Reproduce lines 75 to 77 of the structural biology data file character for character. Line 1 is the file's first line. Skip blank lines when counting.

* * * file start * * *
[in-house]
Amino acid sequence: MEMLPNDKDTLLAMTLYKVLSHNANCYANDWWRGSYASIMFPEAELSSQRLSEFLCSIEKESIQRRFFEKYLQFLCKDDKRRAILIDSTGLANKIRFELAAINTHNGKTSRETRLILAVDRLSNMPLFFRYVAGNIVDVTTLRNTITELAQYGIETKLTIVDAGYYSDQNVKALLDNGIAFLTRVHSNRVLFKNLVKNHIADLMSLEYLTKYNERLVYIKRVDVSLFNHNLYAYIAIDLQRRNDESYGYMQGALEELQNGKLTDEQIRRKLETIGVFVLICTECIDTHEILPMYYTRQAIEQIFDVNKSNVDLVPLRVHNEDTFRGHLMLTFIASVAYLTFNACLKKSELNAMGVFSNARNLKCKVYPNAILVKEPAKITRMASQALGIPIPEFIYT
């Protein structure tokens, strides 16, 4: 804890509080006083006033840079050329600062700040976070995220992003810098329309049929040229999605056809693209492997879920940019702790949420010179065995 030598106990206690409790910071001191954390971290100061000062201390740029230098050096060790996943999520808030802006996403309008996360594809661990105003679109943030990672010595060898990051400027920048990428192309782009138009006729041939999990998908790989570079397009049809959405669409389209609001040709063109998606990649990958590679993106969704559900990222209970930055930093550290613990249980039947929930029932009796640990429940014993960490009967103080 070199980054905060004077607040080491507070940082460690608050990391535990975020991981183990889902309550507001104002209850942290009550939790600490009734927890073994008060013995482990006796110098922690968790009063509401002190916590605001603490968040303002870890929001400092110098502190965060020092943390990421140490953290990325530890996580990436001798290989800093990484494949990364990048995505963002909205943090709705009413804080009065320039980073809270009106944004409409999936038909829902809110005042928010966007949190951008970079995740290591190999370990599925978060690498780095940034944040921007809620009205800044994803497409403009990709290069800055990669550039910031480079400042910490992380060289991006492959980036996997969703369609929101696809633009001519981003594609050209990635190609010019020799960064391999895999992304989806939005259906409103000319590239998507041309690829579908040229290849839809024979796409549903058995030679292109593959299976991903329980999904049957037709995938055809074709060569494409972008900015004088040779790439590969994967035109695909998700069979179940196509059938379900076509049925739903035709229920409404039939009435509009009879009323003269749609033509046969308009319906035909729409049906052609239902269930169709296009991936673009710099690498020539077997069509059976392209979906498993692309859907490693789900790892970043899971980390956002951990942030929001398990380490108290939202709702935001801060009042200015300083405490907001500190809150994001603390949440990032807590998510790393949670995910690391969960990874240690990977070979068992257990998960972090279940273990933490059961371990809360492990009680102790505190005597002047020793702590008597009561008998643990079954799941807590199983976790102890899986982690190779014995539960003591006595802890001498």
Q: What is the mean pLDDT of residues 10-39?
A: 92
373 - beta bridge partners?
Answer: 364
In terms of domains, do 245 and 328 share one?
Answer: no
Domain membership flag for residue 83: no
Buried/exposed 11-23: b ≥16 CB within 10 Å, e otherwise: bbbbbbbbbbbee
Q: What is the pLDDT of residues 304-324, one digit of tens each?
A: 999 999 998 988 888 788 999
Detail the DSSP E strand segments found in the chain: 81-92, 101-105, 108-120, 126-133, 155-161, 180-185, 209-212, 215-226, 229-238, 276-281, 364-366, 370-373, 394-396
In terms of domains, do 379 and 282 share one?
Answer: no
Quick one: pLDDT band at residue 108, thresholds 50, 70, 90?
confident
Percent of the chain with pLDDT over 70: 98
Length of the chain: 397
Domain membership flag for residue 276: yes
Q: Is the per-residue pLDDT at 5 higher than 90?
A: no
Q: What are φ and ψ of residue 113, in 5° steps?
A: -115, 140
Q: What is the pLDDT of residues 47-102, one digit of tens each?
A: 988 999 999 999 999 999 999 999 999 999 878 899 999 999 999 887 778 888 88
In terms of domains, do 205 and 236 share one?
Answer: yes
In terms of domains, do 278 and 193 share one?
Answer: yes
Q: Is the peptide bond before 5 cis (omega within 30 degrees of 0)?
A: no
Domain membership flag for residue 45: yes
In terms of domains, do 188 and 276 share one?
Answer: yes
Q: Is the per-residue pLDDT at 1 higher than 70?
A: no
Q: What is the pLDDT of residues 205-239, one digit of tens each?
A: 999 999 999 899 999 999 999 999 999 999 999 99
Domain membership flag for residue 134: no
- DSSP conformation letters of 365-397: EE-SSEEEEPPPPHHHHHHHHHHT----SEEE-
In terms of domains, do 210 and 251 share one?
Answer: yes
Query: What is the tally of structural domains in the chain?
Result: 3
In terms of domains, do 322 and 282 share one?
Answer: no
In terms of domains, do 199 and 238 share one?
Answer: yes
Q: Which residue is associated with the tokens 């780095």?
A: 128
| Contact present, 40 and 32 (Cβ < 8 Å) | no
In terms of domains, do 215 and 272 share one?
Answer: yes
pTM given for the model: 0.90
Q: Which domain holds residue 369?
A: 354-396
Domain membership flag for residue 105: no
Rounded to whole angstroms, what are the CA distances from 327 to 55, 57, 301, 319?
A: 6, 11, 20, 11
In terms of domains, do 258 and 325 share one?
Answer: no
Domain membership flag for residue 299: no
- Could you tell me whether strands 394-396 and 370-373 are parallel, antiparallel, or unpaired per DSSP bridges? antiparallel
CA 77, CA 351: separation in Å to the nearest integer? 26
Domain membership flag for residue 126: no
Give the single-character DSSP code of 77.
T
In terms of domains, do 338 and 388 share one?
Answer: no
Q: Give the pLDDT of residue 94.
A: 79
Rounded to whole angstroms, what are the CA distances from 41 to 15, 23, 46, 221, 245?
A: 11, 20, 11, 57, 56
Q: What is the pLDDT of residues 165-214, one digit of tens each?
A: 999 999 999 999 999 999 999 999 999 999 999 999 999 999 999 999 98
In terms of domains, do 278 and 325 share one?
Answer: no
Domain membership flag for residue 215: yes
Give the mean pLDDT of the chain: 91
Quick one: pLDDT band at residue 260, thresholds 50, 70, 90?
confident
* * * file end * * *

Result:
A: 11, 20, 11, 57, 56
Q: What is the pLDDT of residues 165-214, one digit of tens each?
A: 999 999 999 999 999 999 999 999 999 999 999 999 999 999 999 999 98